NFL's Recent COVID-19 Test Results Were False Positives Caused by 'Isolated Contamination'
The National Football League has cleared its players and staff after a series of false positive coronavirus tests over the weekend.
On Monday, BioReference, a clinical laboratory company that the NFL hired to conduct all of its COVID-19 testing, released a statement revealing that the positive coronavirus tests from Aug. 22 were "caused by an isolated contamination during test preparation."
"On August 22, BioReference Laboratories reported an elevated number of positive COVID-19 PCR test results for NFL players and personnel at multiple clubs," the statement, released online, said. "The NFL immediately took necessary actions to ensure the safety of the players and personnel."
"Our investigation indicated that these were most likely false positive results, caused by an isolated contamination during test preparation in the New Jersey laboratory," it continued. "Reagents, analyzers and staff were all ruled out as possible causes and subsequent testing has indicated that the issue has been resolved. All individuals impacted have been confirmed negative and informed."
Sources told ESPN that 11 teams were affected by the results, with a total of 77 individuals coming back with positive coronavirus tests.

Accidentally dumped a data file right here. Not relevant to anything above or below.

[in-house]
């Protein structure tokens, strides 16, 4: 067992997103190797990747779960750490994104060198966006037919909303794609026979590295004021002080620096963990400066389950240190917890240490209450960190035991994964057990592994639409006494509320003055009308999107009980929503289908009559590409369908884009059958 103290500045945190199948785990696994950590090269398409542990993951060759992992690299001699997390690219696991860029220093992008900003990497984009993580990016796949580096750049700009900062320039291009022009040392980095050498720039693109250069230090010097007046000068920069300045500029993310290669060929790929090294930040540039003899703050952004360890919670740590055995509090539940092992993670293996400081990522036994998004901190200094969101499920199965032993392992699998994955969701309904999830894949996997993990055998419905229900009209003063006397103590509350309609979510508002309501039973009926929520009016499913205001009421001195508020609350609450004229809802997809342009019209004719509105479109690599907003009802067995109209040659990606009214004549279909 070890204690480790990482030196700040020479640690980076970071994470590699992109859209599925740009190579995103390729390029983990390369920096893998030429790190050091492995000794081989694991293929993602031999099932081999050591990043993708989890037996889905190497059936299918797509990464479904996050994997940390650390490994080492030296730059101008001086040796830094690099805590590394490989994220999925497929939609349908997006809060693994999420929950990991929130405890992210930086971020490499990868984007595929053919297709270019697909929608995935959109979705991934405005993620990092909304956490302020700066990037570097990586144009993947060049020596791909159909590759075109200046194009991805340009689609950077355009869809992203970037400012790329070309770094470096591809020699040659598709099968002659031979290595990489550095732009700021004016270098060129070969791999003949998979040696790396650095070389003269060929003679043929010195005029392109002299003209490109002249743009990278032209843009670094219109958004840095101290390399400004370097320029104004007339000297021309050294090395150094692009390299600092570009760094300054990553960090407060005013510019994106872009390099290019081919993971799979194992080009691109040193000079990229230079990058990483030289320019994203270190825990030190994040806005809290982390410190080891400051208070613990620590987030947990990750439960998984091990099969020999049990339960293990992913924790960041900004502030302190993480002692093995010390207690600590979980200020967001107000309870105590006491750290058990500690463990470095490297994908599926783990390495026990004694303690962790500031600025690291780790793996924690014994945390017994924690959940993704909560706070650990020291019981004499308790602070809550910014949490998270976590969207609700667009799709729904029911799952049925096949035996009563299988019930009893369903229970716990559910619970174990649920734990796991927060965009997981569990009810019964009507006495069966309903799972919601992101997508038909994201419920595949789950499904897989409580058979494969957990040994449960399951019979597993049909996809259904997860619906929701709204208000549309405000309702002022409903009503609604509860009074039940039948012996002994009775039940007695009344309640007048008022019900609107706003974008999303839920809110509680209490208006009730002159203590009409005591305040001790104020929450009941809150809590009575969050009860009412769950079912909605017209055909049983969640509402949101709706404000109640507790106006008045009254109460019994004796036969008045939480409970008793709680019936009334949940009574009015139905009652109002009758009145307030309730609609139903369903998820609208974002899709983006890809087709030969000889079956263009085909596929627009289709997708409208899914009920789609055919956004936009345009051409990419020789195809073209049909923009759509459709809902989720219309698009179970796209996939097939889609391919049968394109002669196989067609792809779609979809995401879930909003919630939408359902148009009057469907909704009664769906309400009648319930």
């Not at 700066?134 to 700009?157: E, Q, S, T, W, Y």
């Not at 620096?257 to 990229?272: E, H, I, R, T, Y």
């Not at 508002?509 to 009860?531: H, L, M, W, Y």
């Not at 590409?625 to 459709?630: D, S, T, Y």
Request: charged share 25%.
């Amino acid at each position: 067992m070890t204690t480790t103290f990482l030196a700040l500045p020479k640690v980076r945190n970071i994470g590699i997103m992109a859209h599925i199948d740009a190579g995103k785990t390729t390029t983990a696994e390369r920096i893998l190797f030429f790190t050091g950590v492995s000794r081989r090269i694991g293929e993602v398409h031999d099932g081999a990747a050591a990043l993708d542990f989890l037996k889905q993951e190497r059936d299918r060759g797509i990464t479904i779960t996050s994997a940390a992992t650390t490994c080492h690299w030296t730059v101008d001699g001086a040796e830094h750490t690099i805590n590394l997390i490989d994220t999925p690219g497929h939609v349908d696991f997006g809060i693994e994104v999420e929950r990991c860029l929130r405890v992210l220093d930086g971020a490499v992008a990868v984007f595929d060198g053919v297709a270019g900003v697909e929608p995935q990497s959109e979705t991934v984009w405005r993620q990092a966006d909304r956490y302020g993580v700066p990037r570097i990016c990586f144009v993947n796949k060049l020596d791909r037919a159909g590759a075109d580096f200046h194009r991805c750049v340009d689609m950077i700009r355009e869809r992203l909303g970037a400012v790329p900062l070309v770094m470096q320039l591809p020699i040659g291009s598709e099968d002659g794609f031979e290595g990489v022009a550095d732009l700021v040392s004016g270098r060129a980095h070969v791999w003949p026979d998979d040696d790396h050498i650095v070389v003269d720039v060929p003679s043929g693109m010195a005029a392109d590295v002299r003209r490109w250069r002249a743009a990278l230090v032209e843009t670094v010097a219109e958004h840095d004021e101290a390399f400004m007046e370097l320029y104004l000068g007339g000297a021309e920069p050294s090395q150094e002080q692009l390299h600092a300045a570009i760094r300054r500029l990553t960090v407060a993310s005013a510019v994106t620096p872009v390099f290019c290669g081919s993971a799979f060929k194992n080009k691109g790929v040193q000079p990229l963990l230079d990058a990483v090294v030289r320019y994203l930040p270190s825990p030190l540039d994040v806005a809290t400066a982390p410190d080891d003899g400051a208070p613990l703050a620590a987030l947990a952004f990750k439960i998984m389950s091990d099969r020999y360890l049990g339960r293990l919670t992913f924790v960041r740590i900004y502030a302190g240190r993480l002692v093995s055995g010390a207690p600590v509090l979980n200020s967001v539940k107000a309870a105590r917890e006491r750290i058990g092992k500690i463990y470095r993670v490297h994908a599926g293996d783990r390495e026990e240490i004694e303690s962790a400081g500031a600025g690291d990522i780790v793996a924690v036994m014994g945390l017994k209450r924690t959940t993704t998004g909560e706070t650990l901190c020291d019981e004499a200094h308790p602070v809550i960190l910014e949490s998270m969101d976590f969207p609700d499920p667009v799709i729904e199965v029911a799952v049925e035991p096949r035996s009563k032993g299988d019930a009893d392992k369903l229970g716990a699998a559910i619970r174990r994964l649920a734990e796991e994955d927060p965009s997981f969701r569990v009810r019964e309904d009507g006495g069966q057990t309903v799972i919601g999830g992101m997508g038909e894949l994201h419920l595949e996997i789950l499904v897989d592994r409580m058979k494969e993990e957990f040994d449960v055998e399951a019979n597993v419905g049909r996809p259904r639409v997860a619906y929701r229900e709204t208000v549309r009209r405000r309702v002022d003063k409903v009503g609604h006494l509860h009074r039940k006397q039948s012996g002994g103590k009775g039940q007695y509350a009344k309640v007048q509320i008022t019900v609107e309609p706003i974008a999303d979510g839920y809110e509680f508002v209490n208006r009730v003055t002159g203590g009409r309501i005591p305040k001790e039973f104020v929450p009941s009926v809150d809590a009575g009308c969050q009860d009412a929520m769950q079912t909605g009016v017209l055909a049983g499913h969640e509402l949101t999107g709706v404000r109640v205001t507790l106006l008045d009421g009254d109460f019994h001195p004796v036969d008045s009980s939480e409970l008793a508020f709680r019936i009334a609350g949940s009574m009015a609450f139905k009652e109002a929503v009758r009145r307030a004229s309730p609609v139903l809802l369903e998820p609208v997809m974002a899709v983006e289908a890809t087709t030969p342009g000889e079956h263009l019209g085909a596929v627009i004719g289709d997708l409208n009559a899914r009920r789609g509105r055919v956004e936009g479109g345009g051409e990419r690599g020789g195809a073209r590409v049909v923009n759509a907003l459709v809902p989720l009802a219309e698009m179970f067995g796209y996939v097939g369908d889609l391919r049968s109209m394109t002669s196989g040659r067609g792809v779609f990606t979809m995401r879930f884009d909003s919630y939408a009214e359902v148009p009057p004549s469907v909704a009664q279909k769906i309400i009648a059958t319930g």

The NFL responded quickly, retesting the original 77 samples, which had all been processed at the same BioReference lab in New Jersey. All of the retests came back negative.
The league also conducted a second round of rapid point-of-care tests on Sunday, and all 77 of those also came back negative.
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Teams most affected by the false positive scare included the Minnesota Vikings, who had 12 tests come back positive, the New York Jets with 10, and the Chicago Bears with nine.
Vikings coach Mike Zimmer told ESPN he's happy this happened now, giving teams a trial run on how to deal with a similar situation in-season.
"Honestly for us, it's probably good that it happened now," Zimmer said. "Because we were able to adjust and adapt and figure out the kinds of things that would happen if it did happen during the season and what we would do from there."
After getting back the false positives, teams worked to adjust their Sunday practice schedules to contain the spread and protect healthy players and staff.
Buffalo Bills general manager Brandon Beane agreed with Zimmer, calling the experience a "good fire drill" for coaches.
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